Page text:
Researchers have thus developed pan-viral and pan-microbial oligonucleotide arrays [11–14] for use with clinical specimens. Among them, the GreeneChip is currently the most comprehensive multiplex array for detection infectious agents, comprising about 30,000 probes designed to detect 1710 vertebrate viruses, 135 bacteria, 73 fungal and 63 parasite genera . 2007 marked the year of an important proof-of-concept: two documented case reports of multiplexed arrays detecting an infectious agent when traditional methods of investigation had failed (GreeneChip , and ViroChip ).
Analyzing accurately the data from the hybridization patterns from these arrays is of utmost clinical importance and remains challenging for the following reasons: (i) species' strains are represented by multiple probes targeted in distinct genes for increased precision, (ii) thresholds where an array probe can be considered positive or negative are somewhat arbitrary, and (iii) non specific cross-hybridization patterns can lead to false positive rates, (iv) detention of microbes must allow for identifying multiple co-infections (e.g. a simple prioritization of infectious agents is of limited value). Initially, previous studies addressed this issue by comparing the total count of hybridized probes with probe sets designed for different agents to identify the correct agent(s), but this approach was found limited in precision [11, 12]. Recently, more comprehensive methods for interpreting the hybridization patterns have been developed: (i) an energy-profile based prediction program, which requires a training microarray set to train the program first ; (ii) a Log-transformed analysis of microarrays using p-values (GreeneLAMP) ; and (iii) high-density resequencing microarray using much longer length probes .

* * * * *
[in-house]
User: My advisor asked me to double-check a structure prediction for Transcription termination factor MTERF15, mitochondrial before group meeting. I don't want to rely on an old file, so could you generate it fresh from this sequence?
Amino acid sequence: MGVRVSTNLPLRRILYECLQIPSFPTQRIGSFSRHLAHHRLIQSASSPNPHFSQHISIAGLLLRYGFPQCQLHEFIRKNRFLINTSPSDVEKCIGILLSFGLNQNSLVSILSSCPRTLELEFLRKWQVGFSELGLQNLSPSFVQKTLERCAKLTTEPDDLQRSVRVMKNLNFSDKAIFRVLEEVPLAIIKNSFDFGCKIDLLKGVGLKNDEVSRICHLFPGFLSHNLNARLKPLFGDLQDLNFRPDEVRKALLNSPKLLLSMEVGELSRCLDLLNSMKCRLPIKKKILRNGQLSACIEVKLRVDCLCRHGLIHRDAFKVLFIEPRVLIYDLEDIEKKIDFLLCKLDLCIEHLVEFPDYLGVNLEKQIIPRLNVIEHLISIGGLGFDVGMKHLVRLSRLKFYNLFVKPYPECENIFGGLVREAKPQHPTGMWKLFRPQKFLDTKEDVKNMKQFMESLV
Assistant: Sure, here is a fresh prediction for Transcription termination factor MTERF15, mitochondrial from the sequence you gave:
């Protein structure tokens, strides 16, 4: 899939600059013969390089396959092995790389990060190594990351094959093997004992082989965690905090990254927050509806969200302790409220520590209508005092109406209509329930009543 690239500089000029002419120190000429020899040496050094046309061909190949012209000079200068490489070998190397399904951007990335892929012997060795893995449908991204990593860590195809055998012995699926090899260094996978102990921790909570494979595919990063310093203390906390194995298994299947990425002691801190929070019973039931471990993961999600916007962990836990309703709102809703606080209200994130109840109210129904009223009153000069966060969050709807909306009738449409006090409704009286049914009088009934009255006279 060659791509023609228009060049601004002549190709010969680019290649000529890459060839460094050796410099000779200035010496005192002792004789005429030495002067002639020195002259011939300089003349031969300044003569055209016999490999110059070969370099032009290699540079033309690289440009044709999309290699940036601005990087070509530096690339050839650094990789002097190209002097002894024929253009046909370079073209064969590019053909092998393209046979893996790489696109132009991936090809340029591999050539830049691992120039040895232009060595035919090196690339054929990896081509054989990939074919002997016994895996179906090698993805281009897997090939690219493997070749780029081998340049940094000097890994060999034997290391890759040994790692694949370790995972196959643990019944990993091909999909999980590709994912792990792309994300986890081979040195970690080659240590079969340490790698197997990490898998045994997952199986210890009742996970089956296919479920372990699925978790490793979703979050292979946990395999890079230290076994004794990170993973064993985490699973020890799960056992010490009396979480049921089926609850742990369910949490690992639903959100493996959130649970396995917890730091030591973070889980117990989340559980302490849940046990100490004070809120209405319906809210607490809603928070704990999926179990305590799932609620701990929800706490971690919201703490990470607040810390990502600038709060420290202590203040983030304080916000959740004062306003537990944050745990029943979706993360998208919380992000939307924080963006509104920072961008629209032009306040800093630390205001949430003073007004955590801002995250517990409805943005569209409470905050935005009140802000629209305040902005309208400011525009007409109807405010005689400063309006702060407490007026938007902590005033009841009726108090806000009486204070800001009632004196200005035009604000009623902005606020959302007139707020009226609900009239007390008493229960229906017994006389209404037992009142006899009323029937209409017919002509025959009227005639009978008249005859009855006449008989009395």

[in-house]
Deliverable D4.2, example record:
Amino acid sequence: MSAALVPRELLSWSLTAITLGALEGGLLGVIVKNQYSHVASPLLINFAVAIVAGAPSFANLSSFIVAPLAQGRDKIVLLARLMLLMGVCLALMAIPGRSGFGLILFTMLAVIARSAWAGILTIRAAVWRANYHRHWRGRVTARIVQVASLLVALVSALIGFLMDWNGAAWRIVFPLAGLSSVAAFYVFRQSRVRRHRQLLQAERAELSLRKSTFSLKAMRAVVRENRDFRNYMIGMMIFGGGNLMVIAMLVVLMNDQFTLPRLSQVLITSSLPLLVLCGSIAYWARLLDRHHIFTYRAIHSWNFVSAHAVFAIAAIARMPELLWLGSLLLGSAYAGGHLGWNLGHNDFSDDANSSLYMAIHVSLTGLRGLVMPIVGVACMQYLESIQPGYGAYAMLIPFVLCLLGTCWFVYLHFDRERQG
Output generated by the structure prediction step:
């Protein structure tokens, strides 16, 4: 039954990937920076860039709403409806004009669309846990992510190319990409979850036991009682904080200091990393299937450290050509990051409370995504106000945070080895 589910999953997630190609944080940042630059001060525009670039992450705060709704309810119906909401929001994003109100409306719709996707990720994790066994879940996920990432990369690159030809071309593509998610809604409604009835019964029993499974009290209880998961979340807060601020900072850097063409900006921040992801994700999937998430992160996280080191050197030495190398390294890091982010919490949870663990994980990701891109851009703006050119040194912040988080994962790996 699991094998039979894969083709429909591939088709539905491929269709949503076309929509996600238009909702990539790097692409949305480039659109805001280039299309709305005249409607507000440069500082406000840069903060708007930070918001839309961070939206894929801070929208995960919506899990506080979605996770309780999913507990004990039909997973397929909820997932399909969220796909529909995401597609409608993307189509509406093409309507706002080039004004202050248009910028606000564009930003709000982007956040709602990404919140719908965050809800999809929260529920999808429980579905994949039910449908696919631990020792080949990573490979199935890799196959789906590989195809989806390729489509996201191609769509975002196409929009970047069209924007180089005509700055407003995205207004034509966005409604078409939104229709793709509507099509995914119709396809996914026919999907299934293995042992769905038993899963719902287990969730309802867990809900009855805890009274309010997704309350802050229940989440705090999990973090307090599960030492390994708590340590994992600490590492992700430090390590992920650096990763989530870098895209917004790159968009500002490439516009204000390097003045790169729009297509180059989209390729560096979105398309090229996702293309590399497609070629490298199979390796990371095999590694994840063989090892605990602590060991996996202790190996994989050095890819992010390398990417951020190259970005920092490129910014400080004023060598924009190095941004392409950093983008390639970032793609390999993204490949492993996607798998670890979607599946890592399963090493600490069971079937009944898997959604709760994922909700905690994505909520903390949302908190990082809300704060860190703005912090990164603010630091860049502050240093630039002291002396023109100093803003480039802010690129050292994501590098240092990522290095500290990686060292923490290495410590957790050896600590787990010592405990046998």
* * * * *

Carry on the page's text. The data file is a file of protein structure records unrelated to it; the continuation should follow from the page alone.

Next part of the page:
In this study, we provide a description and an evaluation of a statistical method we developed to accurately predict the species on a pan-virual oligonucleotide arrays.
Results and discussion
Each method was applied to the hybridization results composed of four West Nile virus samples. As described in the methods, three different pools of probes were selected based on the rank of the intensity of hybridizing probes, representing 0.5%, 1%, and 5% of the total probes on the chip. The virus species predicted by these methods were ranked and compared with the correct virus tested on the chip. The ranks are listed on the Supplementary T 2 http://phenos.bsd.uchicago.edu/amia2008/. According to the ranks derived by these methods, the hypergeometric method performs the best out of the six methods and the LTRM method is only slightly behind in identifying the correct agent.
Accuracy of different methods for analyzing single instances of multiplexed microbiological arrays separately (n = 4).
Positive predicting value (precision)*
Negative predicting value
Probe count w/threshold
Probe ratio w/threshold
Log transform ranking
Hypergeometric (proposed method)